BCG, you say "The point is never my own benefit, but God's glory and service - the benefit is a happy side-effect." I'd agree with that in a sense, but I don't think that there's any ultimate conflict between God's glory and my happiness. Because I am a sinner, may wrongly find my happiness in something other than God (idolatry), and so in the present I may perhaps find greater happiness in disobedience. But any idol cannot satisfy, and brings God's judgement, and so ultimately sin is always against my best interest. On the other hand, obedience to God and his purposes offers true fulfilment, even if as a sinner, I don't always delight in following God in the way that I should. Since knowing God is the greatest possible good, seeking God's glory and service is always in my best interest.

John said...

bcg - I know you've studied more theology than me and stuff, but I think you're missing something here.

In the Mark quote, if things are as you say, why does Jesus mention finding life by losing it? Why doesn't he just say "lose your lives for me"?

How does the not being able to resist (which I agree with on a macrotheological level) work out on a psychological level?

bcg said...

I agree with most of that.

I'm not saying that there is a conflict between God's glory and my happiness, but simply that I do things FIRST for God's glory, and SECOND, for my benefit.

I agree that the 'struggle to be moral' is to find it in the right place - and I would argue, to find it in the right order.

So we never act in a 'disinterested' way - however, self-interest should never me our primary motive; it is a fundamental, but secondary, part of Christian life.

John said...

If you're saying it's a fundamental motivation, then there doesn't seem to be much of an argument here, especially if I change "the motivation" to "a major motivation" above... (which I've done)

Whether it's the only one - I think that's a more contentious bit of Piper's theology, which I need to think through more.

bcg said...

I would agree with that - it is a motivation 'within' the primary motivation of response and worship that the Bible presents us with. I think this has a lot to do with the Reformation's 'sola deo gloria'.

In that sense, and in that sense only, it is fundamental, as part of the primary motivation.

John said...

I think there's a lot to be said for liturgy here:

Let us give thanks to the Lord our God
For it is right to give him thanks and praise
Not only is it right, it is our duty and our joy....

So to conclude:

1) The idea of disinterested good is wrong.
2) The idea that our primary motivation should be our own joy is something that could be discussed at a lot more length (but which wasn't my point and which discussion would not greatly contribute to my own joy at the moment).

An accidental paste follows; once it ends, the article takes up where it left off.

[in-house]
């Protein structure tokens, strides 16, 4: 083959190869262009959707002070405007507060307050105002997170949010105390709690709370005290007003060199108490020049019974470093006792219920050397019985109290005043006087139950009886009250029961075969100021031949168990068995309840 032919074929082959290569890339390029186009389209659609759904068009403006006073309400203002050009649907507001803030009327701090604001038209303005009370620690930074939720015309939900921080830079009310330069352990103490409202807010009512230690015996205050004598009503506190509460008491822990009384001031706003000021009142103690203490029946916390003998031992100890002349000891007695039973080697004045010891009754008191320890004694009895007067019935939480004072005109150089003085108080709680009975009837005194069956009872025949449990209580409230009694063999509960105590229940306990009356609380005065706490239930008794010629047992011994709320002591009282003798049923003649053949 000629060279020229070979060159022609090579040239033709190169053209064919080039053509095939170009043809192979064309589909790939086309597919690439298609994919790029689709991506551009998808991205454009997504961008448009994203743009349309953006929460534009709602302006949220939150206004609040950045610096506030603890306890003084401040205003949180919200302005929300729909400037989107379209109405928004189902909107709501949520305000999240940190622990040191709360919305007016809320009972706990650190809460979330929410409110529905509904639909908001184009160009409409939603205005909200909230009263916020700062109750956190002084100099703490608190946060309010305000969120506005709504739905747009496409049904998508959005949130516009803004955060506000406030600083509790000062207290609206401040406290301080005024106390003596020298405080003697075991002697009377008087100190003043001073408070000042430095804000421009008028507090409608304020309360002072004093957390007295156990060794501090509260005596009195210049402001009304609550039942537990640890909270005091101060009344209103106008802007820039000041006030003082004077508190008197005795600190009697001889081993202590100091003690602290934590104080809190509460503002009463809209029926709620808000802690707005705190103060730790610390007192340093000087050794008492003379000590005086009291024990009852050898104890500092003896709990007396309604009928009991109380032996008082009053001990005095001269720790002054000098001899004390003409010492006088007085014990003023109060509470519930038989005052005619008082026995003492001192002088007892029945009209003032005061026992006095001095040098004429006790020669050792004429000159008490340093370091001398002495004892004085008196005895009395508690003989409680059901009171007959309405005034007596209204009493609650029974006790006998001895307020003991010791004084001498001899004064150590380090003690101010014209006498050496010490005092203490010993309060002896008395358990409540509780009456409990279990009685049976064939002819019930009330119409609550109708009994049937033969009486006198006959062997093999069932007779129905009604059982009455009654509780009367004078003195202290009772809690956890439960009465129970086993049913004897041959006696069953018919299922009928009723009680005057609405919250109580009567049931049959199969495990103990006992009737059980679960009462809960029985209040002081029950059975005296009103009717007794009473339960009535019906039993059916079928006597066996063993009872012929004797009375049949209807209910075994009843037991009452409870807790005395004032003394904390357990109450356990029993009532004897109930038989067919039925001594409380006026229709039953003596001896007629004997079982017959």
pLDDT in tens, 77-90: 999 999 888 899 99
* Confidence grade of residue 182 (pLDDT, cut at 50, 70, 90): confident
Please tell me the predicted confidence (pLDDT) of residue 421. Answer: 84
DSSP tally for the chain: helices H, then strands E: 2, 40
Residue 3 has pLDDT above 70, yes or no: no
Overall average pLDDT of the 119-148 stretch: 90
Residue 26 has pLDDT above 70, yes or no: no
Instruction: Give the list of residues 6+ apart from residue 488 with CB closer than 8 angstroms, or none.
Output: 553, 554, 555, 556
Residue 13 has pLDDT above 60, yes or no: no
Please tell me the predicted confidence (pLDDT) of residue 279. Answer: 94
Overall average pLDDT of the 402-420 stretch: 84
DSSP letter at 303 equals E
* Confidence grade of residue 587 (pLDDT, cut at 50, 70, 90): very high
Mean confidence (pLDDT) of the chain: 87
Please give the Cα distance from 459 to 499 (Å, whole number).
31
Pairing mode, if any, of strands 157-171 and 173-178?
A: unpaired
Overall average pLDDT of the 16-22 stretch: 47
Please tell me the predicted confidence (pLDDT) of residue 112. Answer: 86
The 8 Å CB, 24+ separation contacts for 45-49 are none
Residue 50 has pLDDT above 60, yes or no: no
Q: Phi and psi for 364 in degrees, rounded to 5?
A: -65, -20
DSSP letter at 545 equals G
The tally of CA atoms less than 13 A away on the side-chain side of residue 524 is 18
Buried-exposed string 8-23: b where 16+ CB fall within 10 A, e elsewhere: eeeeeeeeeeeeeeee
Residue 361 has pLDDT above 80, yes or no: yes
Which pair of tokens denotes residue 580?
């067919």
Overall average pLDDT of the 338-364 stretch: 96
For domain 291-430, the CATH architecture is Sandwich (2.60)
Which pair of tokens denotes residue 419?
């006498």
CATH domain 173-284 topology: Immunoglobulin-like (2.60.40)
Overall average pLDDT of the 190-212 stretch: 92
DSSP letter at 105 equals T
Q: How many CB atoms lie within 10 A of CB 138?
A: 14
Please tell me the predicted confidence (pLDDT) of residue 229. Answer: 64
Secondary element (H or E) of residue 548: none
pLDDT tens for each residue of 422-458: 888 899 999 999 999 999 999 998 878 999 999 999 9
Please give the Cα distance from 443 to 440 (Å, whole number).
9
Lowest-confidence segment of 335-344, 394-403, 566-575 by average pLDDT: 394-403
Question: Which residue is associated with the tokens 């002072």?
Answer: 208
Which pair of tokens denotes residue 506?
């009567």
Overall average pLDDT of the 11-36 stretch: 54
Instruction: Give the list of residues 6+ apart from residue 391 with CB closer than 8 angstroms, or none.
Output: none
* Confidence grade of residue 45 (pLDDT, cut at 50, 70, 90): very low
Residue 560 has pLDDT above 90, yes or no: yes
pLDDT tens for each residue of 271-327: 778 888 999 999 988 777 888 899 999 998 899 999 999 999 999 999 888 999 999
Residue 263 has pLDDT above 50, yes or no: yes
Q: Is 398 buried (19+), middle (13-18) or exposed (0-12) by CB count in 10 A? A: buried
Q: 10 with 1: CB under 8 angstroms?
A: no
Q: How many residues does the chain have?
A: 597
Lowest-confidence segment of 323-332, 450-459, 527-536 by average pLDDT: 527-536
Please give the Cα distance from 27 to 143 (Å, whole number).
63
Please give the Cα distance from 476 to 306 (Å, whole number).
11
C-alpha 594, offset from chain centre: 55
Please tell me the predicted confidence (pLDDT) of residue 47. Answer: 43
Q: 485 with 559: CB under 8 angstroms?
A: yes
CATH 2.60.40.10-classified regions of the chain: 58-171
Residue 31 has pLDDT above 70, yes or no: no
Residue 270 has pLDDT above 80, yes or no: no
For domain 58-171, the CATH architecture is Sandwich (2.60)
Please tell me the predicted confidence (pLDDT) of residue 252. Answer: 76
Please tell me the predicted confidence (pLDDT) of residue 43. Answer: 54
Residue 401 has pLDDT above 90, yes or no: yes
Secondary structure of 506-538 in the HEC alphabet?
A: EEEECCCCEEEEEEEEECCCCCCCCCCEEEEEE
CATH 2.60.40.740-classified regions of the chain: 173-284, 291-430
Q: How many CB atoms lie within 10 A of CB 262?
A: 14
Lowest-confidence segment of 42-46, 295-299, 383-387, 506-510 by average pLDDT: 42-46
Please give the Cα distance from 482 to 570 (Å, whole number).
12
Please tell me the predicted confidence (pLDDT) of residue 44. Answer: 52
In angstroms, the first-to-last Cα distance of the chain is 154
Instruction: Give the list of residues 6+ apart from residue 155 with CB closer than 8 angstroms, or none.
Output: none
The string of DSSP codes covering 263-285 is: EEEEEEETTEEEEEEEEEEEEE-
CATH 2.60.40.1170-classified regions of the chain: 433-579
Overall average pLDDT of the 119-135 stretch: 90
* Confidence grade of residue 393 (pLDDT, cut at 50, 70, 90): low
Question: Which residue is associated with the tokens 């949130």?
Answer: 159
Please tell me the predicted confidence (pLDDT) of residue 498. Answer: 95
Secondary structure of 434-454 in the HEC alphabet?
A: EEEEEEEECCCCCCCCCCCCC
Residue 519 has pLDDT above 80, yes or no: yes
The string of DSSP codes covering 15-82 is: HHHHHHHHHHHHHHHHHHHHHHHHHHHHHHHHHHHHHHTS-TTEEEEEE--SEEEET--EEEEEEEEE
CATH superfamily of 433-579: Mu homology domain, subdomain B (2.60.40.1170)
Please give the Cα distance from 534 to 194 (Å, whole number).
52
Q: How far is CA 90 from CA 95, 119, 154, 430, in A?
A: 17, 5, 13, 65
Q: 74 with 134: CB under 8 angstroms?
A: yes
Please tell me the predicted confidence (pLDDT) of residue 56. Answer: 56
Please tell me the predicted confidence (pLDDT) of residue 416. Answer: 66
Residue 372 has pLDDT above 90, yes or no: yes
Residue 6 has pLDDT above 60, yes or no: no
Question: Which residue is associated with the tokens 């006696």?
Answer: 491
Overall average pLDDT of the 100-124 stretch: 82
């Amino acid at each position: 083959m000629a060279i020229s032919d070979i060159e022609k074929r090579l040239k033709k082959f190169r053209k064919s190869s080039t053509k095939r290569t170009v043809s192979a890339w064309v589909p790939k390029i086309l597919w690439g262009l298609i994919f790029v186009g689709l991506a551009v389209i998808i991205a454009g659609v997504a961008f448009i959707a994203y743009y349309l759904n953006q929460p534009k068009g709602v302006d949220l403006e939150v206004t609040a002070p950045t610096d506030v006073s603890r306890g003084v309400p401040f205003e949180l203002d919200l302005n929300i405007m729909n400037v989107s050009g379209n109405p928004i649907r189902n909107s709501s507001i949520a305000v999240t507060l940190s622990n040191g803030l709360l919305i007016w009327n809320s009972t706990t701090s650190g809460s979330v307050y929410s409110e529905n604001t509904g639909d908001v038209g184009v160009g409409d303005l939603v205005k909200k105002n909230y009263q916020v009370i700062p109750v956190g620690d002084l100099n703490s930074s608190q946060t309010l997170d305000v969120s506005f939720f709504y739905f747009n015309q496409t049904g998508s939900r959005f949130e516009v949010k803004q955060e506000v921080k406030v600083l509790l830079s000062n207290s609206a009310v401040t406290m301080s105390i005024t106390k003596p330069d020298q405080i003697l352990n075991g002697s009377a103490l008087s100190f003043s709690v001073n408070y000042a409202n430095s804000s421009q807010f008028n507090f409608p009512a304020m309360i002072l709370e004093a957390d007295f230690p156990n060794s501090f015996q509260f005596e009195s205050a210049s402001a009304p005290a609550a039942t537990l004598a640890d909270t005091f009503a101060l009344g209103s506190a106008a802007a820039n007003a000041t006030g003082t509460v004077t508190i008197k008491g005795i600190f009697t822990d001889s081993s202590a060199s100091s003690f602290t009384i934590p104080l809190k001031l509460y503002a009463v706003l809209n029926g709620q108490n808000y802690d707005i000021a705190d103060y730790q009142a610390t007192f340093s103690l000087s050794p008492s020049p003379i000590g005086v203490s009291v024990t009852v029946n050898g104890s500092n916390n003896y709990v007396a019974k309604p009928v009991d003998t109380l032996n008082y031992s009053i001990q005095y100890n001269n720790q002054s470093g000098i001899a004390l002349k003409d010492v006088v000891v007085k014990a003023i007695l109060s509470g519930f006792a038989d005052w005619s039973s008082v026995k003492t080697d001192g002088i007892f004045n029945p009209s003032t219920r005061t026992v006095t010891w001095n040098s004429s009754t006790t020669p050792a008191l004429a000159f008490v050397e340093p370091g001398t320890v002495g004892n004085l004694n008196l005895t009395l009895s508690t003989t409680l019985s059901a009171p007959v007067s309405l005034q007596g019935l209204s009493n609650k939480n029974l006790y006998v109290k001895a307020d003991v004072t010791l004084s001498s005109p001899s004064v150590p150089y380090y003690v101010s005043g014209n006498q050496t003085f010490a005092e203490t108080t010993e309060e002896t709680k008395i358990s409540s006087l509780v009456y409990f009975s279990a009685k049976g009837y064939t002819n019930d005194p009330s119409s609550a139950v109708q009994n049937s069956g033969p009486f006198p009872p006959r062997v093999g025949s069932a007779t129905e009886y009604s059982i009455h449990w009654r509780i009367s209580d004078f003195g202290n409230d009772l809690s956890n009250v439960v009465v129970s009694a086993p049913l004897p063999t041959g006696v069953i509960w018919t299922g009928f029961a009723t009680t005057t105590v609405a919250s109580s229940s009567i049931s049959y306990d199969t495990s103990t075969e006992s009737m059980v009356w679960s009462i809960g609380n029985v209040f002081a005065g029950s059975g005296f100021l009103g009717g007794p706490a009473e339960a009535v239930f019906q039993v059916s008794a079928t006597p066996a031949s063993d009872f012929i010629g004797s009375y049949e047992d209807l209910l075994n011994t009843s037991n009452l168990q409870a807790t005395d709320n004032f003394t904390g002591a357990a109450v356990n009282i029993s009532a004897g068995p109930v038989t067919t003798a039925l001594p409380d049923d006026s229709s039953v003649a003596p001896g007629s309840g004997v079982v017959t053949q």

bcg said...

I agree with the liturgy - that is one of the best lines in Anglican liturgy, 'It is indeed right, it is our duty and our joy at all times and in all places to praise you Father, Lord of all creation.'

I am a theological pedant - so I'll leave it here. I hope that makes you happier Mr Custard..!

Daniel Hill said...

It cannot be true that the major reason for obeying Jesus is self-interest, as then the reason why unbelievers are punished would be because they didn't do enough for themselves: sin would not be putting self at the centre, but not putting self at the centre!

Why, then, does Jesus appeal to our self-interest? Answer: because we are too sinful to be motivated by anything else. Jonathan Edwards is good on this.

John said...

No - on that schema the reason that unbelievers would be punished would be for failing to trust God and so failing to recognise what was in their own best interest.

Daniel Hill said...

I agree that `unbelievers would be [in the first instance] punished for failing to trust God', but the question is: why should they trust God -- what is the main reason on account of which they should trust God? It cannot be that it is in their own best interest, for then they would be being punished ultimately for failing to act in their own best interest, and that's not right.

My point is this: Jesus knows that self-interest is the only thing that will motivate the unregenerate. But that doesn't mean that it's morally good for us to act on that motivation. The whole point is that we aren't capable of anything morally good before conversion, though we are capable of acting on our own self-interest. The good angels aren't motivated from self interest; they are motivated for the main proper reason, viz. the glory of God.